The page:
The temperature at which a solid changes to a liquid. For pure substances, the melting or fusion process occurs at a single temperature (see table), the temperature rise with addition of heat being arrested until melting is complete. The direct transition from solid phase to gas phase is not properly called melting, but preferably, sublimation. See also: Sublimation
|Element||Melting point, °C|
Melting points reported in the literature, unless specifically stated otherwise, have been measured under an applied pressure of 1 atm (≃100 kilopascals), usually 1 atm of air. (The solubility of air in the liquid is a complicating factor in precision measurements.) The Clapeyron equation for the pressure dependence of the absolute melting temperature Tm is the equation below,
where ΔVf is the change in volume, ΔHf the heat absorbed during the fusion process, and P the applied pressure. Upon melting, all substances absorb heat, and most substances expand; consequently an increase in pressure normally raises the melting point. A few substances, of which water is the most notable example, contract upon melting; thus, the application of pressure to ice at 0°C causes it to melt. Large changes in pressure are required to produce significant shifts in the melting point; a pressure of 10 atm (1 megapascal) lowers the melting point of ice by only 0.075°C.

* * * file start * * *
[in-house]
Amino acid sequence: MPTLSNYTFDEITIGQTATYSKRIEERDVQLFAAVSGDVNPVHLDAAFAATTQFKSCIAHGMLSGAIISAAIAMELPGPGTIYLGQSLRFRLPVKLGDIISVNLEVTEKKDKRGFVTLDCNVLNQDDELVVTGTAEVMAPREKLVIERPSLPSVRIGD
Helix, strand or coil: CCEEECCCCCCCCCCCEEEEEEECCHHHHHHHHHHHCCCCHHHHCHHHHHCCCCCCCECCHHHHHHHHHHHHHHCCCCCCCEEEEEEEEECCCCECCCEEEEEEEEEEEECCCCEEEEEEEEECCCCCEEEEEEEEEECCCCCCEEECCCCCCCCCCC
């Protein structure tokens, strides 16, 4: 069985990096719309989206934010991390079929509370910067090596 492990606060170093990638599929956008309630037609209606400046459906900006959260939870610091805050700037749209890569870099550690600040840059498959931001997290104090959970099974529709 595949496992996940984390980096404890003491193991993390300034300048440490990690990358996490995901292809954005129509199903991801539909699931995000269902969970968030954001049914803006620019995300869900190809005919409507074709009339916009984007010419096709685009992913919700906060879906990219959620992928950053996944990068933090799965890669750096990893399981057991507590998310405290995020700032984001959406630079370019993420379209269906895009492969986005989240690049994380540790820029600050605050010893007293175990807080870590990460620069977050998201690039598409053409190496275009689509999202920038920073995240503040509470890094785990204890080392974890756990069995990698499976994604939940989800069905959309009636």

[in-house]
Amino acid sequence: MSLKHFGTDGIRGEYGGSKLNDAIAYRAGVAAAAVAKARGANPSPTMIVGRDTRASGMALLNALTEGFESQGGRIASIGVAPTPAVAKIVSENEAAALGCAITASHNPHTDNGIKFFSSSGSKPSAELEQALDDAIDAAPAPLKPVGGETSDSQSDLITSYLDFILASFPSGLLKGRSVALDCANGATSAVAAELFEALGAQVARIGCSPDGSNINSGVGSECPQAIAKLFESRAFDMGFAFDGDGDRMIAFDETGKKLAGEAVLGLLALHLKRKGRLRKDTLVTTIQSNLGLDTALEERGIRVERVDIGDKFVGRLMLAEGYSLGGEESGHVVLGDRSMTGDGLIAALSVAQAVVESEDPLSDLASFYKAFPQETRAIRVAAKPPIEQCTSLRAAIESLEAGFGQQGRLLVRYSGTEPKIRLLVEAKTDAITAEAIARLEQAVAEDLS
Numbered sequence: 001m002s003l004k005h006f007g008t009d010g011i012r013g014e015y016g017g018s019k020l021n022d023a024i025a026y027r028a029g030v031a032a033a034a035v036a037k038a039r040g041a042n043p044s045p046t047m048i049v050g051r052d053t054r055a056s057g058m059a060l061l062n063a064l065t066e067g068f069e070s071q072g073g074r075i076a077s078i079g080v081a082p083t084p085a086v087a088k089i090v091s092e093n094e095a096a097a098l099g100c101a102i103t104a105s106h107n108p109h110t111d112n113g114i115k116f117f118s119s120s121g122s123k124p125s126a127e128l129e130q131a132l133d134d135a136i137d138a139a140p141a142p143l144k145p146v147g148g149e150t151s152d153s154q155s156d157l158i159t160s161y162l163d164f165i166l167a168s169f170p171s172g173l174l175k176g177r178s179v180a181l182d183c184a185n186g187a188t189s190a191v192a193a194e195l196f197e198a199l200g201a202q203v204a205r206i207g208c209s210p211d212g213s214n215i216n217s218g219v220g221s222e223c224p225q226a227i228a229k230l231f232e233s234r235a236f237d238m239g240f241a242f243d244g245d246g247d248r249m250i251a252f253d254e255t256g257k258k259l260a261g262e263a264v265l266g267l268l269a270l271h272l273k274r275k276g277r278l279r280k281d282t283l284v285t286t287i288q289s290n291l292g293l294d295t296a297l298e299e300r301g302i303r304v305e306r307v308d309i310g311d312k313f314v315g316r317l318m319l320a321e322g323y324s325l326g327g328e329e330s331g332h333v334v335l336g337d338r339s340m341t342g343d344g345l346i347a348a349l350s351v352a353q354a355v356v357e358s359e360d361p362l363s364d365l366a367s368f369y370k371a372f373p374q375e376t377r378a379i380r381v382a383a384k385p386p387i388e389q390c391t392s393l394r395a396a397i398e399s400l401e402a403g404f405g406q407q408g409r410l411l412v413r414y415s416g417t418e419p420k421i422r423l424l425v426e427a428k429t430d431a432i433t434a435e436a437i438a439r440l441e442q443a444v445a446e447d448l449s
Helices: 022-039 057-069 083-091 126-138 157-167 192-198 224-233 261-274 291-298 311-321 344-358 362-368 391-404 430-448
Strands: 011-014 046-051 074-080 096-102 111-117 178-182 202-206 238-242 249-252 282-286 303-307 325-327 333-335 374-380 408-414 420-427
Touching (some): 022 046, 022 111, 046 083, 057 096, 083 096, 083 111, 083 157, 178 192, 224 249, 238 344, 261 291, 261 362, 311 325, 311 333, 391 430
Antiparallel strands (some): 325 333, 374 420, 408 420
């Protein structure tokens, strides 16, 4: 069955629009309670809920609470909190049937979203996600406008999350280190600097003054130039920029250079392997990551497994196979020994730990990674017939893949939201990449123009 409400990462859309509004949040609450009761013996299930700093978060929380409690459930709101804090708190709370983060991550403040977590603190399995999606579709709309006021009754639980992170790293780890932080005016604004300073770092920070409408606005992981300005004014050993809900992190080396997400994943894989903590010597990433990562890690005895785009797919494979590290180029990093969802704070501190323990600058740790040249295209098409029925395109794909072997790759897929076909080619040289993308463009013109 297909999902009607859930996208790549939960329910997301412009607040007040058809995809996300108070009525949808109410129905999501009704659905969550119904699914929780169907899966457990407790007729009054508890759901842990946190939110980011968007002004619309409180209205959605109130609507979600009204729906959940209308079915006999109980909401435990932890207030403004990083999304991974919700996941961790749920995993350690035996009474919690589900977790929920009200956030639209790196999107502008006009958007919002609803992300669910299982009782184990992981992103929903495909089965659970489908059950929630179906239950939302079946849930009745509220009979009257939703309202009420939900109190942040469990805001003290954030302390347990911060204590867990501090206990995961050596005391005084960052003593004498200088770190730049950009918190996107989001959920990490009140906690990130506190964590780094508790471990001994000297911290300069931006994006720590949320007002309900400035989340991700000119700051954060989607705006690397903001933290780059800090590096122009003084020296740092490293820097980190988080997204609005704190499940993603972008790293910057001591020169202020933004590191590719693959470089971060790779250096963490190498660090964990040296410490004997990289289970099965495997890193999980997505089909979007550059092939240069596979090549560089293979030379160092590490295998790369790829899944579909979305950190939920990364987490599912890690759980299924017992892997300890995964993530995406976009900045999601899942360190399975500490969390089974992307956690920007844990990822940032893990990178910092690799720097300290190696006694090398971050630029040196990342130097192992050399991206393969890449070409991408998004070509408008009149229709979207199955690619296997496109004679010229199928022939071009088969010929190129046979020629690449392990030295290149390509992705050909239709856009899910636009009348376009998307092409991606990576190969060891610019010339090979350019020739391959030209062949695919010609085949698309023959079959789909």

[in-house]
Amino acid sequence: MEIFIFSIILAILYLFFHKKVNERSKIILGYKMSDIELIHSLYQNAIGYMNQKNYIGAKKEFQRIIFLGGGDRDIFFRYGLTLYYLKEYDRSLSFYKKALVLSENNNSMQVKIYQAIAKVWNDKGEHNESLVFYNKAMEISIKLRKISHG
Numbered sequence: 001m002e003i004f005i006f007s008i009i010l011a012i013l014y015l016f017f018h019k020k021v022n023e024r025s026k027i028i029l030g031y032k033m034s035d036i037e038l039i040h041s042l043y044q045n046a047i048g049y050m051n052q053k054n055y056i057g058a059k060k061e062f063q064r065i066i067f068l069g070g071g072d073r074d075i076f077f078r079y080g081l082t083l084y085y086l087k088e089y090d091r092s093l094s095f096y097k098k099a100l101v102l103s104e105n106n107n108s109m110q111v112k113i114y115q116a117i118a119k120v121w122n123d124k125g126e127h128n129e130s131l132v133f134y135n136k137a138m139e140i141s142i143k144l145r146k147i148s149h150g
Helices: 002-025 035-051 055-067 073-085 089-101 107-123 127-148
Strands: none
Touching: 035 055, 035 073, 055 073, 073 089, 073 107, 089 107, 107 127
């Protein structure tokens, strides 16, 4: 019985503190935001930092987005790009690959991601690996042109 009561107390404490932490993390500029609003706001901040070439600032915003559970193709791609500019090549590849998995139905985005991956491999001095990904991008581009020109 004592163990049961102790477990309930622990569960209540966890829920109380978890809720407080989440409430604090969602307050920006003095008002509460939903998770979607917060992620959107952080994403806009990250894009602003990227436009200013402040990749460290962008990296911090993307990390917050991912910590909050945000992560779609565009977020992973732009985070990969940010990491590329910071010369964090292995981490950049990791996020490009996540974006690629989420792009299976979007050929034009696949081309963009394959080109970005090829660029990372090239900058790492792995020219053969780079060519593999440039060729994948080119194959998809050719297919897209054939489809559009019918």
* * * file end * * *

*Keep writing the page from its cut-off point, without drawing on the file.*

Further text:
A sufficient decrease in temperature at ordinary pressures causes all pure substances except helium to freeze to solids; the lowest normal melting point is that of hydrogen, at 14 K (−259°C) and one of the highest is that of rhenium, at 3700 K (3427°C). Liquid helium can be transformed into a solid only by applying a pressure in excess of 25 atm (2500 kPa).
For solutions of two or more components, the melting process normally occurs over a range of temperatures, and a distinction is made between the melting point, the temperature at which the first trace of liquid appears, and the freezing point, the higher temperature at which the last trace of solid disappears, or equivalently, if one is cooling rather than heating, the temperature at which the first trace of solid appears. Measurement of the freezing point of a solution and the difference between it and the freezing point of the pure solvent provides a convenient method of determining the molecular weight of a dissolved solute, because the freezing point depression of a solution is proportional to the molality of the solute. See also: Mole (chemistry); Molecular weight; Phase equilibrium; Solution